It is an odd question to ask about a player who hit 62 home runs last season and nearly won the American League’s triple crown. But since Judge’s debut in 2016, he has earned a reputation as a surprisingly good outfielder and athlete. His athleticism was perhaps underplayed last year as he filled in capably in center field during his record-setting run, moving over from his usual spot in right, and was second on the Yankees with 16 stolen bases.

With his first A.L. Most Valuable Player Award secured, thanks to all those home runs, Judge entered 2023 with a nine-year, $360 million contract, the title of Yankee captain, and a very clear determination to step up his game defensively. Until a freakish crash into a wall at Dodger Stadium resulted in a torn ligament in his right big toe, he had elevated his game to the point that his nightly highlight reels were nearly as likely to feature a great catch as they were to show a tape-measure blast.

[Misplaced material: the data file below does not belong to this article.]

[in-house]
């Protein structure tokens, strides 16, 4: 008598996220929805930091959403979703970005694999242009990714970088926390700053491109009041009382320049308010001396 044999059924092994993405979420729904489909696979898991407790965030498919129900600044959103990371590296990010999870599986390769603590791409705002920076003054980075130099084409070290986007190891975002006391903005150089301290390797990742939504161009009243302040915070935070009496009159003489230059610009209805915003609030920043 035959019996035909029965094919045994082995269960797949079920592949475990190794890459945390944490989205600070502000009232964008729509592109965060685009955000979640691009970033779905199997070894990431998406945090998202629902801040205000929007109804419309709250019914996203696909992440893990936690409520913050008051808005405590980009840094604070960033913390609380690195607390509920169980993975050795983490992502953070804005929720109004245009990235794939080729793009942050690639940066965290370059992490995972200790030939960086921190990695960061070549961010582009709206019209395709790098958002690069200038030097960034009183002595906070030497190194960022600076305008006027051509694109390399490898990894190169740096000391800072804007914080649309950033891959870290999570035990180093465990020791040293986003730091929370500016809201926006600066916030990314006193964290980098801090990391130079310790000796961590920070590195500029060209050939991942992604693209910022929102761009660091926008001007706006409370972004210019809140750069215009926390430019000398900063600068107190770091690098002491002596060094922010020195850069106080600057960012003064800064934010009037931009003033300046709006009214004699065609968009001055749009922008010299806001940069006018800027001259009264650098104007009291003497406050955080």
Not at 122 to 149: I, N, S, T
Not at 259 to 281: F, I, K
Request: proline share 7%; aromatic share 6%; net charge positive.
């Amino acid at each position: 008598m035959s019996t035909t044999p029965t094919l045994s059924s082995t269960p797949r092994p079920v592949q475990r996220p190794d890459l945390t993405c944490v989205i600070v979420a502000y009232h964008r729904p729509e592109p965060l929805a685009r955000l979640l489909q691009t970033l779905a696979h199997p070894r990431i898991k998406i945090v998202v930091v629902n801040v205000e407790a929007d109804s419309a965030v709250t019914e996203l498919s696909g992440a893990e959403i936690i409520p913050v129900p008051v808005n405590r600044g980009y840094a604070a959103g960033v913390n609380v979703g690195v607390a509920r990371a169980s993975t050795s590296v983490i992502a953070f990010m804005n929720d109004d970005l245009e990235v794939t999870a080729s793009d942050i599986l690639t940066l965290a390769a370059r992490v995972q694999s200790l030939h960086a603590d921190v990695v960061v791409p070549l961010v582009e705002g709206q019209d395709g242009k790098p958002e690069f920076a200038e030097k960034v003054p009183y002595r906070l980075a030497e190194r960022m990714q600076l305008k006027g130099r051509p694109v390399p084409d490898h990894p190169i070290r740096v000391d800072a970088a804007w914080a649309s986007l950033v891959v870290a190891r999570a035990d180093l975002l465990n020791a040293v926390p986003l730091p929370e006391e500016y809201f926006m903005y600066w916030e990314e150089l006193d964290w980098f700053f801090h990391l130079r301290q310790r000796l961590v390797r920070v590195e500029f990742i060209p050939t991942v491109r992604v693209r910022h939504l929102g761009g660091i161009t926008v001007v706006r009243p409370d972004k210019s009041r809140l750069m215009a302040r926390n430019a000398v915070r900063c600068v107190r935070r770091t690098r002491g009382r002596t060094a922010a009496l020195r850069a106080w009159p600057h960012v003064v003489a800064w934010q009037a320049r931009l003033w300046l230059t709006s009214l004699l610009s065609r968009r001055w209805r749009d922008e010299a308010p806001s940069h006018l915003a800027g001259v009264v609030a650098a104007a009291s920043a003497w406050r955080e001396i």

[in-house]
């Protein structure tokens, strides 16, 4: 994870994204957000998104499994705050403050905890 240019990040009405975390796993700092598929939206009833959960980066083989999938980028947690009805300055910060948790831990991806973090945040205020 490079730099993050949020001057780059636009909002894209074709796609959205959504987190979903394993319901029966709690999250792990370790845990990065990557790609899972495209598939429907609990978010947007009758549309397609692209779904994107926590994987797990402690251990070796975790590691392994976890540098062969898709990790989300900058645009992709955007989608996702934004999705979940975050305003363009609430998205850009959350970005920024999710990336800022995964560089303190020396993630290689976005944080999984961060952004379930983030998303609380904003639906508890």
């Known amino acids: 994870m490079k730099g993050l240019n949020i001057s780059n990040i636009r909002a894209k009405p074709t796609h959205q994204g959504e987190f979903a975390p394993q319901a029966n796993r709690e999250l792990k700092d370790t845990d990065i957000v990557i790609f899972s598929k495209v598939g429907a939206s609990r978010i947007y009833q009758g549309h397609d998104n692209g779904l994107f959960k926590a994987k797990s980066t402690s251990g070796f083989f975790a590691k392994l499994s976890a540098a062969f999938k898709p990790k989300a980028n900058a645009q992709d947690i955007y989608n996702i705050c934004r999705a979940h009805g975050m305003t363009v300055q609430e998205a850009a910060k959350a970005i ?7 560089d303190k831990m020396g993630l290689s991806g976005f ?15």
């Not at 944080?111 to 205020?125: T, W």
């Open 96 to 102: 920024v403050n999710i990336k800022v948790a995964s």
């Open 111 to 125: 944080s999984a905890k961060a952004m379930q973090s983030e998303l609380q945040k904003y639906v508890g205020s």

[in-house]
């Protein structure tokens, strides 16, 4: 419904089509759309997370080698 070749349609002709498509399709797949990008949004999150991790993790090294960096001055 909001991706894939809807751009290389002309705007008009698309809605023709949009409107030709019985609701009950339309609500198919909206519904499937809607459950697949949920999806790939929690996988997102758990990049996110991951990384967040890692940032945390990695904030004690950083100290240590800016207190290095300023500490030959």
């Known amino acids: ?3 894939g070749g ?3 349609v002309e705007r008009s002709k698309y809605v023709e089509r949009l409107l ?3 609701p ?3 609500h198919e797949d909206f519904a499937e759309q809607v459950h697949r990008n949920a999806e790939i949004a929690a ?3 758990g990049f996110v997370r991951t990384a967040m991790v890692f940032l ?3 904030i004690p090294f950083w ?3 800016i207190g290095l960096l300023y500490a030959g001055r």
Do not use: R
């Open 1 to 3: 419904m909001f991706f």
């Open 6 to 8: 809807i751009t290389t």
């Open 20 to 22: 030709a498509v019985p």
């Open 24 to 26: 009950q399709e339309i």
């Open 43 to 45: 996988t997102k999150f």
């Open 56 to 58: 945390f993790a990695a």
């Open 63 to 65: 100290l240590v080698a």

It had seemed as if his first Gold Glove was well on its way.

Five days before that devastating play in Los Angeles, in which he bursted through the outfield wall to rob J.D. Martinez of an extra-base hit, he had used his 6-foot-7, 282-pound frame to go high over the eight-foot wall in Seattle to steal a home run from Teoscar Hernández of the Mariners.

“Two catches that you’ll see on Aaron Judge highlight reels 50 years from now,” Yankees Manager Aaron Boone said. “All in the same week. We’ll be watching those for a long time.”